Last night I went to my local grocery store. It’s not one of those major chains. It’s a family-owned supermarket chain serving greater Los Angeles.
As I walked down the aisle to grab some olive oil, I ran into one of the employees. He had a shopping cart full of random products and was restocking the shelves.
I asked him how he was holding up. Like most of us, I could tell he was still absorbing the aftermath of people stocking up on groceries and all the empty shelves.
He said, “I’m doing what I can. My manager wants all these products on the shelf and I’m like, have you seen the shelves? He’s going to have a lot of anxiety for the next couple days.”
I felt for him. I’m sure his manager, like most of us, wants a quick return to normalcy in light of the pandemic. And the way to achieve some semblance of that is by putting whatever inventory you have back on the shelves. However, there’s a disconnect in the communication and it shows up in the employee.
Here are three leadership communication tips for these stressful times.
First, set the tone. Your employees are looking to you for reassurance. If you’re anxious, they’re anxious. If you’re calm, they’re more likely to be calm. Either will seep into how they serve your customers and how they’re going to perform over the long haul. It all starts with you though.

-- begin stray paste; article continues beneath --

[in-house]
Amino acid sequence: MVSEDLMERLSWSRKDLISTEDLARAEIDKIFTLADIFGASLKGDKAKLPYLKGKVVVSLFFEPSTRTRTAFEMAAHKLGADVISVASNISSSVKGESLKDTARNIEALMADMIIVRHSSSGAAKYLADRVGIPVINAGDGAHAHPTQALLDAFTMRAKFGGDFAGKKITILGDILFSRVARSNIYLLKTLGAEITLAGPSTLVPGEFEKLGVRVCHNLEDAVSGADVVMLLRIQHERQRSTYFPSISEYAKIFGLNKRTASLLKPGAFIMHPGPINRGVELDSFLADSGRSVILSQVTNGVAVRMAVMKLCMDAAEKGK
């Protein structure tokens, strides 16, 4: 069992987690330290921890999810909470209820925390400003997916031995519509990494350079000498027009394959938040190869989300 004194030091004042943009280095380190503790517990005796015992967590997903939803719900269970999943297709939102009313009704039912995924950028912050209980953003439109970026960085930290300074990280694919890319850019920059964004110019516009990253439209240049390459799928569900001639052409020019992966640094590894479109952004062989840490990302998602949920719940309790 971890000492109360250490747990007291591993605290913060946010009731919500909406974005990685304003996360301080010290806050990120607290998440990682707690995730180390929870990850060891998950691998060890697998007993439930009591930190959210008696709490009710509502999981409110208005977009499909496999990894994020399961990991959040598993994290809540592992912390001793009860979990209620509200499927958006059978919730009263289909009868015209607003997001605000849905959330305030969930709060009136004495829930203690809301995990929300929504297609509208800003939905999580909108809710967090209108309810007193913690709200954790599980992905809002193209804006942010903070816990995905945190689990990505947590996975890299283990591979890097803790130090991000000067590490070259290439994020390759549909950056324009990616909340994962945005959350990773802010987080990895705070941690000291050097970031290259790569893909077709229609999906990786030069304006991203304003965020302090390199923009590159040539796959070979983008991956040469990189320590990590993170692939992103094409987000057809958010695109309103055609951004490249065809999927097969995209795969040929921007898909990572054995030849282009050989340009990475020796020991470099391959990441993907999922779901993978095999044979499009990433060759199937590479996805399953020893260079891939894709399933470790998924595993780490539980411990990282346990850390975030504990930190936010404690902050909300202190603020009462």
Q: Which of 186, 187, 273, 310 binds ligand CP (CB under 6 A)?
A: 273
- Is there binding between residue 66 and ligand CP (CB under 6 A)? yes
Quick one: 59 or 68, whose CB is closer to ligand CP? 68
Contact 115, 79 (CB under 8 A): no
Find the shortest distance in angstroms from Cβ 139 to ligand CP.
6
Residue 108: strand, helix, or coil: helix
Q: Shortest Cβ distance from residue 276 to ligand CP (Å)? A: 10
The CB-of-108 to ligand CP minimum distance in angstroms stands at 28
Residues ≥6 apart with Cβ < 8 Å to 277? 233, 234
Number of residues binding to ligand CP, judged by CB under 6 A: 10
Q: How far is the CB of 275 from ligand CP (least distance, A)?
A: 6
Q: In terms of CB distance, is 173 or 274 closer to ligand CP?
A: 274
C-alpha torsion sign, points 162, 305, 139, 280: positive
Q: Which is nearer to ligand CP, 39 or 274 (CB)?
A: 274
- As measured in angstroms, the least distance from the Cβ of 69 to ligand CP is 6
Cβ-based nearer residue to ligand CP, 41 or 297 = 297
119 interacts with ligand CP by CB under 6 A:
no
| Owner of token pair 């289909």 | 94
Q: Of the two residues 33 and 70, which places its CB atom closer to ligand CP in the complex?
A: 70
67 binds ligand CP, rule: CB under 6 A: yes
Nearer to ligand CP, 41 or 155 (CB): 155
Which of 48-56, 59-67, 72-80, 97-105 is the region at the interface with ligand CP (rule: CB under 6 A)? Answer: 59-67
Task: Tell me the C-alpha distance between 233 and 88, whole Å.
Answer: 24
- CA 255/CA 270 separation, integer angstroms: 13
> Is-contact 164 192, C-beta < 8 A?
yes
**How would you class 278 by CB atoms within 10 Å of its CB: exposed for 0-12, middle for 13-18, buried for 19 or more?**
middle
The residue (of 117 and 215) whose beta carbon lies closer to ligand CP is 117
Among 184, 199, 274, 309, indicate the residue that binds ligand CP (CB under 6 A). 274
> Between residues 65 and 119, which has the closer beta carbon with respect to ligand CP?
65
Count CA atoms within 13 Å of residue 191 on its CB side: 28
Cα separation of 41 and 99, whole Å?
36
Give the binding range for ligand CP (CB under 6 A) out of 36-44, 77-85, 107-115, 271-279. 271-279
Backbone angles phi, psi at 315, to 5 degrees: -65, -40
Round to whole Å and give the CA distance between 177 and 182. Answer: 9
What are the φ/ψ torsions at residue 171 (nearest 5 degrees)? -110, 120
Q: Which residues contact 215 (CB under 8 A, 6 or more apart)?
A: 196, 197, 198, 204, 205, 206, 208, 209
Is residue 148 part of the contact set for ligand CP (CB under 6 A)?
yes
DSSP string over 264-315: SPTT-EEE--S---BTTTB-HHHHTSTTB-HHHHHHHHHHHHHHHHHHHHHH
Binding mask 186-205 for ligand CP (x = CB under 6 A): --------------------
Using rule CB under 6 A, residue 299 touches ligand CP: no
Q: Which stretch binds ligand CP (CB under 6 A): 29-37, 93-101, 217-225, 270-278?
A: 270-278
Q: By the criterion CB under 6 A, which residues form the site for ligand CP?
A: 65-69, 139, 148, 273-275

Second, share some vulnerability. You may not know what they’re going through. And they may not know what you’re going through. If you communicate how you feel, there’s an opportunity to build a bridge through this shared experience.
Third, provide very clear, easy to understand marching orders. It’s easy to get caught up in the what ifs or the if onlys or how could this happen. Control what you can control. Identify the next action. And share the why each step of the way. Our next move is. The goal for this week is. What you want to say to customers is.
It’s also worth noting, there is an opportunity to ask your front line employees for feedback. What are they hearing from customers? What questions do customers keep asking? What messages seem to resonate with them?
You may find there’s an opportunity to implement changes or introduce new services that will benefit your company in the future after this pandemic passes.